Manx and the Speed Kings – Part One
Each summer a small island in the Irish Sea becomes the focus of motorcycling enthusiasts from around the world.
The Isle of Man is a self-governing British Crown Dependency between Great Britain and Ireland. The island is about 32 miles long and, at its widest, 14 miles wide. It has been inhabited for more than eight thousand years. English is the main language spoken but the island has its own Celtic origin language (Manx). The Isle of Man’s Tynwald (parliament), is believed to be the oldest continuous parliamentary body in the world.
The island used British stamps until 1958 when Great Britain’s regional issues began. The Isle of Man Post Office was founded in 1973 to secure postal independence and, since then, the island has issued its own stamps.
The first issue was a fifteen pence commemorative which depicted the Vikings landing on the island in 938.
Among other things the island is known for is the Manx cat, quite unique in having either no tail or a short one and longer hind legs than other domestic cat variants.
Isle of Man 2011.
In 2011 the Isle of Man Post Office issued the above set of six stamps featuring artwork from a series of distinctive old Manx cat postcards entitled ‘Tales of the Tailless’ together with a Presentation Pack and a First Day Cover. The stamps bear the inscriptions ‘Ellan Vannin’, Manx-language for Isle of Man, and ‘Kys ta Shiu’ which means How are You. Some of the stamps also have poems referring to the manx cat.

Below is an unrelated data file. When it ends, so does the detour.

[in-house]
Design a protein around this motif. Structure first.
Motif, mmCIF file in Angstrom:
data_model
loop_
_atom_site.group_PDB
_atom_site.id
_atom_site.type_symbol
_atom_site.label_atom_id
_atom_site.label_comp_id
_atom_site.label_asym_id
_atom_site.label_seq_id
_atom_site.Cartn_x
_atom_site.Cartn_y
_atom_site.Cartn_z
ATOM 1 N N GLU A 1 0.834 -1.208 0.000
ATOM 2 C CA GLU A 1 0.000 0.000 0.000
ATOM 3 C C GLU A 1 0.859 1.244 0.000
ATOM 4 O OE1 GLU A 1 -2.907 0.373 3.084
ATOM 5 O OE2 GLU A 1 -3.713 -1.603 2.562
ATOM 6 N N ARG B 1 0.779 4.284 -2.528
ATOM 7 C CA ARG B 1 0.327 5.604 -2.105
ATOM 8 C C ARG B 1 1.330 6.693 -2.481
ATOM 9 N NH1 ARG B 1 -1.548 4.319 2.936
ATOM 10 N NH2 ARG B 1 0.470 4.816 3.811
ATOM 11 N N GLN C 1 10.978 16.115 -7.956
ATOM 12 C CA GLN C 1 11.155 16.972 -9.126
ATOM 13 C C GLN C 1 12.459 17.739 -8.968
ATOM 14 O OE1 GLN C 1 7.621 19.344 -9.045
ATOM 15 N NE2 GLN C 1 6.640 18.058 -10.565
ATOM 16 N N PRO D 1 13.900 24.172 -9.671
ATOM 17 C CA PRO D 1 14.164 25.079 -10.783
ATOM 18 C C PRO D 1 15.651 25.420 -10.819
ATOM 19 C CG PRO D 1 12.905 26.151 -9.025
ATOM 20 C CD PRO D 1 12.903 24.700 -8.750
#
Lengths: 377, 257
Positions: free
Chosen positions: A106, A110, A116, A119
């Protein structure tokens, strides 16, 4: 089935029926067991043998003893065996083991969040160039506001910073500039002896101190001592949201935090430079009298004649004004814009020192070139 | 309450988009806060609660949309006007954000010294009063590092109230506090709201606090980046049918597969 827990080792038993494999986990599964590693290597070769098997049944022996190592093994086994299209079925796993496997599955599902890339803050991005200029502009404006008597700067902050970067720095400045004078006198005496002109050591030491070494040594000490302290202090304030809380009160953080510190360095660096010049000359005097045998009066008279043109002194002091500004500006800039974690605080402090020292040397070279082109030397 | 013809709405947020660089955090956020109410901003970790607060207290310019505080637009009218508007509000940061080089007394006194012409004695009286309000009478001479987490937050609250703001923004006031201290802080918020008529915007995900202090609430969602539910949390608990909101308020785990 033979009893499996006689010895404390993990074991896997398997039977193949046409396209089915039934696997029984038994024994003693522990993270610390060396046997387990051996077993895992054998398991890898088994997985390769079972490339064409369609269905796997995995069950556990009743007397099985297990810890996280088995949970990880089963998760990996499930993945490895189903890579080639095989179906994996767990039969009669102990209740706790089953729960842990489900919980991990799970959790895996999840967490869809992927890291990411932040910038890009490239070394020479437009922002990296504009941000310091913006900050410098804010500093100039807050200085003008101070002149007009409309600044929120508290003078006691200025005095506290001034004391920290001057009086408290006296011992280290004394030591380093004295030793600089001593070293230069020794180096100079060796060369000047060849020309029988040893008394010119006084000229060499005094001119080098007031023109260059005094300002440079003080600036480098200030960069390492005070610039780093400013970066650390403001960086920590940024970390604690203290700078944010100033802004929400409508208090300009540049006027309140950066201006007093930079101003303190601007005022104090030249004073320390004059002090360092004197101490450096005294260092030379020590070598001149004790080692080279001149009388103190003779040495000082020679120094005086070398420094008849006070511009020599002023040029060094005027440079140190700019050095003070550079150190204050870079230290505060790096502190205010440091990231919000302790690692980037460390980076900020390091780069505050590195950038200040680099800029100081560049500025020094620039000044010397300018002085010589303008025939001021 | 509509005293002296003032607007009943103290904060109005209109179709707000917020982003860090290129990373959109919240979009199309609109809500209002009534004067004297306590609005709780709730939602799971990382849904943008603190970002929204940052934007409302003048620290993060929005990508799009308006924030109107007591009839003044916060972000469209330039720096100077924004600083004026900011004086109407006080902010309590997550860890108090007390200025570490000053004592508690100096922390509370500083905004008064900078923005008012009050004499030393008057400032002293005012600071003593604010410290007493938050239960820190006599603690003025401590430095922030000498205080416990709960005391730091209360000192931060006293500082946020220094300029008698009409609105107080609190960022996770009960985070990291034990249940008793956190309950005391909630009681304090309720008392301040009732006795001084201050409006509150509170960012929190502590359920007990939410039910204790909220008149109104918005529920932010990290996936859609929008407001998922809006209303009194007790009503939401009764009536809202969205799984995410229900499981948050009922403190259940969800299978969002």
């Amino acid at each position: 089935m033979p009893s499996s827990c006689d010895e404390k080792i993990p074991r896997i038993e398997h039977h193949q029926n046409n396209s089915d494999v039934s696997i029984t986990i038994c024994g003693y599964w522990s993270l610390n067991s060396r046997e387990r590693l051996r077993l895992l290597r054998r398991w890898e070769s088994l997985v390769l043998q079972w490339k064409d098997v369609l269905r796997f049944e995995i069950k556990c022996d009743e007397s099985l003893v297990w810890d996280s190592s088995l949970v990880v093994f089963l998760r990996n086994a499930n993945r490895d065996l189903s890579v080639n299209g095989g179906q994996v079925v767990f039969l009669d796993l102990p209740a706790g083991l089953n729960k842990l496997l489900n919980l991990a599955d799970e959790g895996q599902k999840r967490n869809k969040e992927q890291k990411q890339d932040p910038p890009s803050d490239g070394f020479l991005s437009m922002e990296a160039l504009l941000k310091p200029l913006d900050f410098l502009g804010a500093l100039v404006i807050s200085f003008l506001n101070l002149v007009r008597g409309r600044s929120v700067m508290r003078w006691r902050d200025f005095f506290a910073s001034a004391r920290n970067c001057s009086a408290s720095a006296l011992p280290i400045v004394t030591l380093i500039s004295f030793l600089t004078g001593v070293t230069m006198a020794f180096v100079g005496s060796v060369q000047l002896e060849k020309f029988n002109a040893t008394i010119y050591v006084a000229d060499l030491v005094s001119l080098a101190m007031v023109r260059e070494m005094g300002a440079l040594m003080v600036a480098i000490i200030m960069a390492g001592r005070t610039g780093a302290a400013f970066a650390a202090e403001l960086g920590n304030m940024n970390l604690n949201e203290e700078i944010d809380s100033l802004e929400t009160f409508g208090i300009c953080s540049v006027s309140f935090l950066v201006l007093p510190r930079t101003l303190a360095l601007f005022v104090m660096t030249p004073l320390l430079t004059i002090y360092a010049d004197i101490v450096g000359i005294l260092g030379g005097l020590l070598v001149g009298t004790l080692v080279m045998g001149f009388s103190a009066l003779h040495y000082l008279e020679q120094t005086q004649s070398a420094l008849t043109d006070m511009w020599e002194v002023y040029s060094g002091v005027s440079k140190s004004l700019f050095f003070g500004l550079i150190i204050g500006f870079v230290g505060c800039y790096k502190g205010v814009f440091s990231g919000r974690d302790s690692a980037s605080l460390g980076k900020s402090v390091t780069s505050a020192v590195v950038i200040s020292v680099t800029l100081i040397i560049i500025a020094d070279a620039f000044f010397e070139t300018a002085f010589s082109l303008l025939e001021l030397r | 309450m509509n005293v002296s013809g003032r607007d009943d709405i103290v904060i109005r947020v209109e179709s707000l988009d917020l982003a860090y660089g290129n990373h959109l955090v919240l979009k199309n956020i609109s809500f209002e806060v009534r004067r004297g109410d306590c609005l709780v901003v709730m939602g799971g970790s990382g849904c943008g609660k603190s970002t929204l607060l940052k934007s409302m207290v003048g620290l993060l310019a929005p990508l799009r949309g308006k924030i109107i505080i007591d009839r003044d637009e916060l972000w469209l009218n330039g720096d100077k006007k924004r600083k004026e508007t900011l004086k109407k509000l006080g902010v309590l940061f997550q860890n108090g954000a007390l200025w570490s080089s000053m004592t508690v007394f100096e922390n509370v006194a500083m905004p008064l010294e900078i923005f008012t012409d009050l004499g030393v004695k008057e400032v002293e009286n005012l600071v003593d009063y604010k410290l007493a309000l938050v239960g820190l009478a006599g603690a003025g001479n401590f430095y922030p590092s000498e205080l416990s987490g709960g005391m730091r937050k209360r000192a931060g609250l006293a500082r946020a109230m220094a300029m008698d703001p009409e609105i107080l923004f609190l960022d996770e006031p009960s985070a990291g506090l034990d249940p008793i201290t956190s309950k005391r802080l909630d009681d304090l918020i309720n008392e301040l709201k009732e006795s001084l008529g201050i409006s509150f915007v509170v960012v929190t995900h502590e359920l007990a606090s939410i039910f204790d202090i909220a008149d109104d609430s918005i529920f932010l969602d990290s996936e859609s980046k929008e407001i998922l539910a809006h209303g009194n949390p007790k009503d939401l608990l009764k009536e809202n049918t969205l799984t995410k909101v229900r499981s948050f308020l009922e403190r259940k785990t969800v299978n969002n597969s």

But the island is possibly better known for the motorcycle races that take place there.
Each year in May and June the Isle of Man adopts a kind of motorcycle mania as the world’s greatest road racers flock there to test their riding skills against the incredible ‘Mountain Course’ – a 37.73 mile (60.72 kilometer) beast of a course over some of the island’s public roads. The International Isle of Man Tourist Trophy (TT) Races have been held most years since the inaugural race in 1907, and is often called one of the most dangerous racing events in the world. The unique motor cycle race events that have taken place since 1907 give thanks to the 1904 Isle of Man Parliament Act that permitted road racing on the island.
1975 set, former famous winners.
The above stamps feature top left Tom Sheard, winner of the Senior race on a Douglas motorcycle in 1923. Top right 1925 Junior TT winner Wal Handley and his Rex-Acme bike. Bottom left Geoff Duke and bottom right Peter Williams, winner 1973 International Formula Race on a Norton.
1982 issue from the Isle of Man Post Office – Top left first TT race winner in 1907, Charlie Collier on his Matchless motorcycle. Middle top stamp shows Freddie Dixon winning in 1927 on an HRD machine. Having previously won the sidecar race on a Douglas outfit in 1923, Dixon became the first man to win TT races in the Solo and Sidecar categories. Top right Jimmie Simpson riding a Norton in 1932 (first man to finish the course with an average speed of 80 miles per hour). Bottom left 14-time winner Mike Hailwood riding a Honda to victory in 1961. That year he became the first man to win three different engine capacity TT races, two riding Hondas and one on a Norton. Hailwood is one of the few motorcycle racers to have become a successful Formula One racing car driver. Bottom right is rider Jock Taylor and sidecar passenger Benga Johansson, sidecar race winners in 1978, 1980 and 1981. Jock Taylor was tragically killed in 1982 during a race in Finland.
TO BE CONTINUED
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